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 Post subject: Explanation of the flipped BGR mode?
PostPosted: Fri Dec 01, 2017 3:03 pm 
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Hi,
I just discovered that when I read the colorvalue from a pixel in a 24-bit image using Point() the decimal value has its Red and Blue bytes flipped!
Why?!
When I read a green pixel(00FF00) I get the decimal value 65280 which is correct.
When I read a red pixel I should get FF0000 which is 16711680, but instead I get 255.
Extremely strange. But the Red() function returns 255 when I insert 255 into it. Still strange.

So after some googling and an upset call to a friend, where I ask if I am crazy or has the color tables flipped in the electronic world, I found the answer in the PureBasic manual in the Color Table section.
There is says: "2.) submit the color value as whole value - but then the red and blue parts must be swapped, i.e. the color submitted in the BGR format.".
So this is a PureBasic thing. And when I know this I can easily(but angry) continue coding.
But WHY is this so? I haven´t seen the BGR mode anywhere in any programming language or any imagetool. And ofcourse the manual doesn´t say WHY I need to use BGR.

Can anyone explain why we have to even have this stupid mode when RGB is the standard?

//Andreas..


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 Post subject: Re: Explanation of the flipped BGR mode?
PostPosted: Fri Dec 01, 2017 4:41 pm 
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It depends of your graphic card. Pb has nothing to do with it and use the classical RRGGBB in his commands.

DrawingBufferPixelFormat() has to be used to get the pixel format of your own graphic card if you need to adress its memory. (RRGGBB or BBGGRR etc...)
Cf https://www.purebasic.com/documentation ... ormat.html

So, you should email your graphic card's company to explain how stupid they are and that it makes you angry.
I am sure theirs ingeneers will be glad to explain you their reasons and to apology. fIf you live near the company you can also try to get an appointment to spank them.

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Last edited by Fig on Fri Dec 01, 2017 4:49 pm, edited 1 time in total.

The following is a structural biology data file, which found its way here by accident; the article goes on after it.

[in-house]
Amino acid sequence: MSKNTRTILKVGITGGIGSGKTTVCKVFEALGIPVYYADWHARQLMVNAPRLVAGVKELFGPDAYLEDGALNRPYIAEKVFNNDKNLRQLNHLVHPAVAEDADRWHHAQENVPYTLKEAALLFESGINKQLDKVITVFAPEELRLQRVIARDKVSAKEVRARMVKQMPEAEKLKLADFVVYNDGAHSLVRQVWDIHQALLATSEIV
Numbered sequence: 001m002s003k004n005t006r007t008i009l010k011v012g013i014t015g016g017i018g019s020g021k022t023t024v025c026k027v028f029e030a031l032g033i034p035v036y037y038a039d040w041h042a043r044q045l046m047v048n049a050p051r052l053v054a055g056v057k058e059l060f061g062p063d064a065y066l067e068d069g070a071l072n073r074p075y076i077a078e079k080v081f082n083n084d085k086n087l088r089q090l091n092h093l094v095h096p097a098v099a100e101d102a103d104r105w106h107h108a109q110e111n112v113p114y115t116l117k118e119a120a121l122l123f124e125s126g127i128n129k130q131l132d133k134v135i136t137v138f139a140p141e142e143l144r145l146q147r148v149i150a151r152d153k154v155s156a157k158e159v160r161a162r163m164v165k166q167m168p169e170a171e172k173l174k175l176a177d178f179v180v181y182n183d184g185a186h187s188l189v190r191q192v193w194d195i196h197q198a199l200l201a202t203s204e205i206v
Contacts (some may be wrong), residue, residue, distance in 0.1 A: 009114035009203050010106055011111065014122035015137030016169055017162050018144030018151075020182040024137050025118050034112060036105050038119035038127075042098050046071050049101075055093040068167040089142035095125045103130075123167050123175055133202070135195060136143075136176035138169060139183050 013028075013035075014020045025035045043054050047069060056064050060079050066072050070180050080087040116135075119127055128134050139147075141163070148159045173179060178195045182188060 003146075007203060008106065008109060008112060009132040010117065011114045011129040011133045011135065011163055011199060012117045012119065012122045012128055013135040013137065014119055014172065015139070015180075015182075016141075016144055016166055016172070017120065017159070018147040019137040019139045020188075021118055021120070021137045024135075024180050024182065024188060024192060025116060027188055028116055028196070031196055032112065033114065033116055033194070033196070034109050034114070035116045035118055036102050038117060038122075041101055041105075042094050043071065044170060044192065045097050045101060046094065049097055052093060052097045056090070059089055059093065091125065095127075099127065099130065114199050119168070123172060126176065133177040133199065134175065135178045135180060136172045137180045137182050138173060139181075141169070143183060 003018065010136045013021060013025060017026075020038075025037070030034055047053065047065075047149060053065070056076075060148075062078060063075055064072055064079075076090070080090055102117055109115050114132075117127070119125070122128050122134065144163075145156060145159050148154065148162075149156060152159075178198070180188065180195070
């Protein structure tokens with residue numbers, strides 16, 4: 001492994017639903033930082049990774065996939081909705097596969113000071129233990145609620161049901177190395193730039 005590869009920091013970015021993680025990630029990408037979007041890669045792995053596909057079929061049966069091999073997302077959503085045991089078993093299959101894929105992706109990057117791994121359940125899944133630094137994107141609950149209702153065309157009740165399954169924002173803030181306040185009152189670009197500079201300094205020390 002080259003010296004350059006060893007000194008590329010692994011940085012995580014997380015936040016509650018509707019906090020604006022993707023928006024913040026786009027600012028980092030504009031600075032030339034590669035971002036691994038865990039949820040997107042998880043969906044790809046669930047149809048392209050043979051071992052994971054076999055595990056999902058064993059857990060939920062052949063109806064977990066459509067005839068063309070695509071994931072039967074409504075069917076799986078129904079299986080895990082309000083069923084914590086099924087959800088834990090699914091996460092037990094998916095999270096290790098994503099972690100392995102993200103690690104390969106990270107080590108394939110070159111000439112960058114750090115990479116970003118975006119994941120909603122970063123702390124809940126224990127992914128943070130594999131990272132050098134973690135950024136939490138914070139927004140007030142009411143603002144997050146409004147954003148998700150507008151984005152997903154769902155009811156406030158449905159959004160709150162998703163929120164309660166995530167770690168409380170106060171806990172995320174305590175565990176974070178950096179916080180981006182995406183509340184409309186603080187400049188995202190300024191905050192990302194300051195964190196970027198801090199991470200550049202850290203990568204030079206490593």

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 Post subject: Re: Explanation of the flipped BGR mode?
PostPosted: Fri Dec 01, 2017 4:48 pm 
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So you are saying that the R and B swapping depends on my hardware?
If so, is the manual incorrect when it says that R and B are swapped when using the color value as a whole value?
And why does no other programming environment present the color values like that? Atleast none I have tried on the same hardware.
Or are they converting the values back to RGB? If so then PB should do the same since I see no advantage of this.


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 Post subject: Re: Explanation of the flipped BGR mode?
PostPosted: Fri Dec 01, 2017 4:51 pm 
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Obviously, every programming environnement use the classical RGB format. When compiled it check the hardware and swap the two value if needed.

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Last edited by Fig on Fri Dec 01, 2017 4:53 pm, edited 2 times in total.

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 Post subject: Re: Explanation of the flipped BGR mode?
PostPosted: Fri Dec 01, 2017 4:52 pm 
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And obvioulsy PB does not. So this is a PB problem.


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 Post subject: Re: Explanation of the flipped BGR mode?
PostPosted: Fri Dec 01, 2017 4:54 pm 
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Edit: I see your point... But as you said in your first post, the help file gave your all information needed on Point().